NSBA's Letter to the U.S. House of Representatives: February 6, 2008
February 6, 2008
United States House of Representatives
Washington, DC 20515 Re: H.R. 4137, the College Opportunity and Affordability Act of 2007
On behalf of the 95,000 school board members who serve the nation’s 49 million
students in our local public school districts, the National School Boards Association (NSBA) thanks you for your leadership in moving forward with the reauthorization of the Higher Education Act, H.R. 4137 (The College Opportunity and Affordability Act of 2007), scheduled for a floor vote tomorrow. School board members have particular interest in Title II, the Teacher Quality Enhancement grants, because of the useful role they can play in strengthening teacher quality, which is a critical component to raising student achievement and fulfilling the goals of the Elementary and Secondary Education Act (ESEA) / No Child Left Behind Act (NCLB).
In general, NSBA is pleased with the reforms included in Title II of H.R. 4137 as passed by the House Education and Labor Committee last November and urge their inclusion in a final House bill. Support for Continuation of Partnership Grants
NSBA welcomes the streamlined focus on teacher quality partnership grants, which directly involve local school districts. Quality teacher preparation programs are integral to ensuring the nation has an adequate supply of outstanding teachers today and in the future, and few would disagree that the nation’s programs have room for improvement. In fact, research indicates that many new teachers believe that their training programs do not adequately prepare them for the classroom. The matching partnership grants can assist in improving pre-baccalaureate teacher preparation programs.
We support the grants’ focus on ensuring that teacher preparation programs are aligned with states’ academic standards and prepare candidates to meet NCLB’s highly qualified provisions, including a specific mention of preparing rural school teachers of multiple subjects and special education teachers – two categories of educators for which meeting the highly qualified requirements are especially challenging. We also appreciate the grants’ focus on teaching candidates to effectively use technology and data to improve instruction, to create and provide induction and mentoring programs, and to implement effective recruitment strategies, including alternative routes to teacher certification.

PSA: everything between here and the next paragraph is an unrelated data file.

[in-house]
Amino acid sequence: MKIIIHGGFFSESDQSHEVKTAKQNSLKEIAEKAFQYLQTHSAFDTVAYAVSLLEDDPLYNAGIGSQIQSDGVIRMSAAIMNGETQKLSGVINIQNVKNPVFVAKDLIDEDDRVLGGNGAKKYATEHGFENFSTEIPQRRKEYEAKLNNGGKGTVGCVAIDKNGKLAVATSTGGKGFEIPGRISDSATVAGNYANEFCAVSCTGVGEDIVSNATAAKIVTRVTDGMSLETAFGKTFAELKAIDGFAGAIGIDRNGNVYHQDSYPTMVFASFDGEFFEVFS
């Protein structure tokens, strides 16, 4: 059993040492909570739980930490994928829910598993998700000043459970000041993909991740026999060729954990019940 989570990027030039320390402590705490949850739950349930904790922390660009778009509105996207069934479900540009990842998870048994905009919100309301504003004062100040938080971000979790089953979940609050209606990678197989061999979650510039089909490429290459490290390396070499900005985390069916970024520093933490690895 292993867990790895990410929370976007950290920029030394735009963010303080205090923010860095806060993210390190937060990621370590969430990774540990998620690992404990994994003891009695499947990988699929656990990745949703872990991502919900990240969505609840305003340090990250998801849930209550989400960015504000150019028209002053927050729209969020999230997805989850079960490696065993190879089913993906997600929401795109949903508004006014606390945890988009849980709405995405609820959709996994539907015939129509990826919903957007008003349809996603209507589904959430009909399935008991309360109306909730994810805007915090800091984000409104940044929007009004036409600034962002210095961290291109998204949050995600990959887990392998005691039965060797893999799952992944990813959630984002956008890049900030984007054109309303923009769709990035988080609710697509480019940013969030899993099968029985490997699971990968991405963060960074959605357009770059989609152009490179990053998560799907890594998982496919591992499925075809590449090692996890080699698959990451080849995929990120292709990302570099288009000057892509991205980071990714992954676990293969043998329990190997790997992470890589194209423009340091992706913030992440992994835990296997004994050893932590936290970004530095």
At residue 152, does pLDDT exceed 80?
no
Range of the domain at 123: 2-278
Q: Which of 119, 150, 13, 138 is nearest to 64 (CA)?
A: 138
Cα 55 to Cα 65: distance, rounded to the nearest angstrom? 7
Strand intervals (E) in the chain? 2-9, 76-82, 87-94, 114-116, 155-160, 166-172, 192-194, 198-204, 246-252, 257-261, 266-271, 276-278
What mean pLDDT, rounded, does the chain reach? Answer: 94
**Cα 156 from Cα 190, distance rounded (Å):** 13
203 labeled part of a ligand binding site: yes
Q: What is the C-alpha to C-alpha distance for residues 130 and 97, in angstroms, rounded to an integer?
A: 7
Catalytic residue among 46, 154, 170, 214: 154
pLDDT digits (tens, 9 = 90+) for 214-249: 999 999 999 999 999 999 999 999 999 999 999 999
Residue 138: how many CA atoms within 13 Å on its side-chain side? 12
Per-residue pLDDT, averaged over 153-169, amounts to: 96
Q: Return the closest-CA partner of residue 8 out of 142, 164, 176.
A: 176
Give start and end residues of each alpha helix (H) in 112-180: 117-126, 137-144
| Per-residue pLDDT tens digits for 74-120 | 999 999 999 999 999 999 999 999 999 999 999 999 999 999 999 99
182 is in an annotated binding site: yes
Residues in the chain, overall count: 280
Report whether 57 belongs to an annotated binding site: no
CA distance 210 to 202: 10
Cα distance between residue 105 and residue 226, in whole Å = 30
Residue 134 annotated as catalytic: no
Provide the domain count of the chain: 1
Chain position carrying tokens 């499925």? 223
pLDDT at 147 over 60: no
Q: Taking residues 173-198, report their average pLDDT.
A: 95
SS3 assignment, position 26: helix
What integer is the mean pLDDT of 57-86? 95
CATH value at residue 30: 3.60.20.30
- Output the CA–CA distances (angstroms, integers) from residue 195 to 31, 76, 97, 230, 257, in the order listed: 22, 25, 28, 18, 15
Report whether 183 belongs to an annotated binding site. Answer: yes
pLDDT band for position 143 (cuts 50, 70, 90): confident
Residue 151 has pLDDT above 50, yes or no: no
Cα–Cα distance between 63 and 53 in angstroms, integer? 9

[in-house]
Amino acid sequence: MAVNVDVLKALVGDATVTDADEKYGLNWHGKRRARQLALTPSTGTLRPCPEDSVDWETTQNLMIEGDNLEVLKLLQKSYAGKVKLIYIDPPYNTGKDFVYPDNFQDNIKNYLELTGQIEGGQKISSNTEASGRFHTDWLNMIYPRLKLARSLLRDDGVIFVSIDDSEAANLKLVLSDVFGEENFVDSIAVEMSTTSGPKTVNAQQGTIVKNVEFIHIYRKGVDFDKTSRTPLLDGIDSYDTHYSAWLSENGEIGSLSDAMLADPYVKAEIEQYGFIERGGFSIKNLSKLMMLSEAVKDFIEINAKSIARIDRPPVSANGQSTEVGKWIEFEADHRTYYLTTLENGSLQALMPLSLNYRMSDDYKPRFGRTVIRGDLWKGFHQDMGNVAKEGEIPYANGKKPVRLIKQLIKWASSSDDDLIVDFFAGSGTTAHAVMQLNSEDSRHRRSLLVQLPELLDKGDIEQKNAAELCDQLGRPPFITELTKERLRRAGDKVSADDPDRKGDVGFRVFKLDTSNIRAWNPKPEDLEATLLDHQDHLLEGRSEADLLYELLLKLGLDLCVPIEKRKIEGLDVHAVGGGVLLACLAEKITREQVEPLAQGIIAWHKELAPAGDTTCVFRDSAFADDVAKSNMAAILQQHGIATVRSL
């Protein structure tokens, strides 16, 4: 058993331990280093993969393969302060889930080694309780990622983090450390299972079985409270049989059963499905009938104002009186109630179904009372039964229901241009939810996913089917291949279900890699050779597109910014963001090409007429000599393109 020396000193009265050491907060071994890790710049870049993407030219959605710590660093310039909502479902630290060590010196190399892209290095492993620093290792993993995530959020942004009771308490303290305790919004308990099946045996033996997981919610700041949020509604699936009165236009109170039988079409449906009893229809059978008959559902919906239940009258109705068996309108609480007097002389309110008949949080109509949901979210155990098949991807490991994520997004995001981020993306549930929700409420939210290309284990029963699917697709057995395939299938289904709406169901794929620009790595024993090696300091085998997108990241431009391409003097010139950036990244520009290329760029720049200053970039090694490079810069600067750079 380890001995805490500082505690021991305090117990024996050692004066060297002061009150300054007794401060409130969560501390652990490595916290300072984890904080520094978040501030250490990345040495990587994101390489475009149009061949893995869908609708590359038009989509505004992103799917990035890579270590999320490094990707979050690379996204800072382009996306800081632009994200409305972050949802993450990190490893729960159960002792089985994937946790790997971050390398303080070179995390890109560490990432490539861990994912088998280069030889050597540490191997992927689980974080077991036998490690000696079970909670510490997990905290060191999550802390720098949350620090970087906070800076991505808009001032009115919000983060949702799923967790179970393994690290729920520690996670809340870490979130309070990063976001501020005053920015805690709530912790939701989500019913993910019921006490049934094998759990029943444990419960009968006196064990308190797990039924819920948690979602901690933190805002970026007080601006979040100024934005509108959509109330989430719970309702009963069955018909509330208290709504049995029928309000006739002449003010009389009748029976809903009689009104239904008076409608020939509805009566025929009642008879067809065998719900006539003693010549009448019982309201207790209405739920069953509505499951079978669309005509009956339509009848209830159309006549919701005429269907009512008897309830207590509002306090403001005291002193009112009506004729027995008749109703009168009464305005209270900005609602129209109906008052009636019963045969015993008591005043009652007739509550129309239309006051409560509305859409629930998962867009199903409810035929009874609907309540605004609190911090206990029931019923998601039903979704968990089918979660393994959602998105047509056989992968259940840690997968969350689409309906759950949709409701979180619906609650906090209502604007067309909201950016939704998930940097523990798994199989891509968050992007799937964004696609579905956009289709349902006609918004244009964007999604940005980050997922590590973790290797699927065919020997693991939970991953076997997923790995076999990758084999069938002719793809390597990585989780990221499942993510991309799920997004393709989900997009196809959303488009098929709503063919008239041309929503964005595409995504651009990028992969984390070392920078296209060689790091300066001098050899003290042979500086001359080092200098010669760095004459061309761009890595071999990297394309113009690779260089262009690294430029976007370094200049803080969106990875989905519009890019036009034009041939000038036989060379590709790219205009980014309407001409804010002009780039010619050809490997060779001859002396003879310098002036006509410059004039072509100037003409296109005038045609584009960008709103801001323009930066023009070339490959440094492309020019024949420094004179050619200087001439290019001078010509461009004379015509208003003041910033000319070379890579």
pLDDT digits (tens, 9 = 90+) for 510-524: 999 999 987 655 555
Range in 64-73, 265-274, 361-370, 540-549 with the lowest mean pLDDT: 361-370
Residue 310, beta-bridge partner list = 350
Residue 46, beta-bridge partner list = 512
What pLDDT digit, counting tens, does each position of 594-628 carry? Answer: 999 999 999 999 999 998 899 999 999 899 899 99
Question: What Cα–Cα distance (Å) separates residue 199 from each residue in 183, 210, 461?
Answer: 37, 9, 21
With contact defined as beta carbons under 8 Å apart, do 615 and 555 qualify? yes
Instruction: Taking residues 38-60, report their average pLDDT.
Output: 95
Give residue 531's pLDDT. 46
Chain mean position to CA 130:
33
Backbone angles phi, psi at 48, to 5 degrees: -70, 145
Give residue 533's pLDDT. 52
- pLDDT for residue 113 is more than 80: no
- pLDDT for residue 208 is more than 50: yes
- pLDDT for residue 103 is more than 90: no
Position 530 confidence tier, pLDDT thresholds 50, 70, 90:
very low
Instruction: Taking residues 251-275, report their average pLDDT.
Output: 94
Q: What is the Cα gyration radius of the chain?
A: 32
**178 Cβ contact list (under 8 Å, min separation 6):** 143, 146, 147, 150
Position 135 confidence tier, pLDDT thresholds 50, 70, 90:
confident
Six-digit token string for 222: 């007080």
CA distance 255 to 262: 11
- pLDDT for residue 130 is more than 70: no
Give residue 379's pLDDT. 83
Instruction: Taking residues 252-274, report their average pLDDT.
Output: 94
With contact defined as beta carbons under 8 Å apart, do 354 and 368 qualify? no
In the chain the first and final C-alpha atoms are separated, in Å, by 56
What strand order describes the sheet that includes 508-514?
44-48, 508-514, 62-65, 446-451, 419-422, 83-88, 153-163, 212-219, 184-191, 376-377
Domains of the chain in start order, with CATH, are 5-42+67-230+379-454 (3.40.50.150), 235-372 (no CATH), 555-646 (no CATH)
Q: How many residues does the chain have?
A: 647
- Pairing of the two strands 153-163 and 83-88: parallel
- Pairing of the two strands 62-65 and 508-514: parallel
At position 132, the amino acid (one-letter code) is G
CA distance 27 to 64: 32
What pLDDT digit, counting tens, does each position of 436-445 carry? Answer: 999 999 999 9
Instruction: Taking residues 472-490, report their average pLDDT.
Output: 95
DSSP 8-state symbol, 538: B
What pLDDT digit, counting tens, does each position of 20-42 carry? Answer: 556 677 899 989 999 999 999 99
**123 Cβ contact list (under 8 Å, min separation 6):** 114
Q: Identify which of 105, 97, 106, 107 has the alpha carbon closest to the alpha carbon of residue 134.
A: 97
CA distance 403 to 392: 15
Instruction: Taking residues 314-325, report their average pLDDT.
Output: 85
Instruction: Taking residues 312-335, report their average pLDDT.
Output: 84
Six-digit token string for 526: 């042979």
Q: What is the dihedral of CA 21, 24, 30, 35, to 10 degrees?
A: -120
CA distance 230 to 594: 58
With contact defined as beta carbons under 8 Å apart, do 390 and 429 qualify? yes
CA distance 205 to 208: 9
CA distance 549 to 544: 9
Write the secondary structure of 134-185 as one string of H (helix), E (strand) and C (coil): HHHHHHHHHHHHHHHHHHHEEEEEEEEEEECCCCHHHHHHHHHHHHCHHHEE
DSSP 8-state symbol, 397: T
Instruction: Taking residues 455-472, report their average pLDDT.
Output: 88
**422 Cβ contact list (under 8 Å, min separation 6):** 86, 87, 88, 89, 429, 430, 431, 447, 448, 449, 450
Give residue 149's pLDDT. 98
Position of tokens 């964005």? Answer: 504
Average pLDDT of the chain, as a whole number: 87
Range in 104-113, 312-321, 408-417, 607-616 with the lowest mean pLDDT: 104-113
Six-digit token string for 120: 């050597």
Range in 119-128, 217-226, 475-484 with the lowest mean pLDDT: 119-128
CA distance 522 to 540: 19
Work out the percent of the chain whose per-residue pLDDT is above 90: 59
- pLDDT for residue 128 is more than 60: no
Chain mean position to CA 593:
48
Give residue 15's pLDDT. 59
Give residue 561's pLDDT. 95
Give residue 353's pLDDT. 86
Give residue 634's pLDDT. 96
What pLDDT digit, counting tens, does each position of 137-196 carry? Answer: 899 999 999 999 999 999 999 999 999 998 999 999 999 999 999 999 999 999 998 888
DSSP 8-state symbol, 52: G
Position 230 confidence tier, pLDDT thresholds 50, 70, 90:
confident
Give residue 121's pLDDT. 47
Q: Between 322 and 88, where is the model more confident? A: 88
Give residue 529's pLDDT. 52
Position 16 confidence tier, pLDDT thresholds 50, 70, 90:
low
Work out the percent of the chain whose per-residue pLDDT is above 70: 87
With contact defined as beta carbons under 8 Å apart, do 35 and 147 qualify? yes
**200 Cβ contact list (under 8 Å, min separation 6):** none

NSBA is pleased with the potentially promising addition to Title II of teaching residency programs. Partnership funds can be used by local districts to establish and operate a residency program for recent college graduates or mid-career professionals to receive financial support and learn alongside a mentor teacher for one school year in a high-need school, if they commit to teaching in such a school, designated by the local education agency, for at least three years upon completion of the residency program.
NSBA further supports the requirement that the Secretary of Education give priority to grant applications that include teacher preparation programs with rigorous selection criteria to assist in encouraging the highest quality candidates to enter the teaching field. Increased Accountability for Teacher Preparation Programs
NSBA strongly supports Section 206 “Teacher Development,” which requires institutions of higher education with a teacher preparation program to establish and publicly report on annual quantifiable goals for increasing the number of teachers in shortage areas, increasing collaboration with local school districts to ensure training matches LEAs’ needs, and focusing on effective training to teach students with disabilities, a diverse student enrollment and in urban and rural schools. National Study on Best Practices in Teacher Preparation
NSBA supports Section 202, which calls for a National Academy of Sciences multi-year study examining best practices in teacher preparation, including a focus on improving teaching skills for those who work with a diverse student population, as well as classroom management. Universal Design for Learning Principles
Lastly, NSBA appreciates the inclusion of a promising teaching method called Universal Design for Learning (UDL) as one of the authorized activities eligible for funding under Title VII.
We appreciate your consideration of our recommendation as the House votes tomorrow on H.R. 4137, and thank you for your leadership in renewing this important law. If you have any questions or would like further information please contact Marcus Egan, Director of Federal Affairs at (703) 838-6707 or by email at firstname.lastname@example.org.
Michael A. Resnick
Associate Executive Director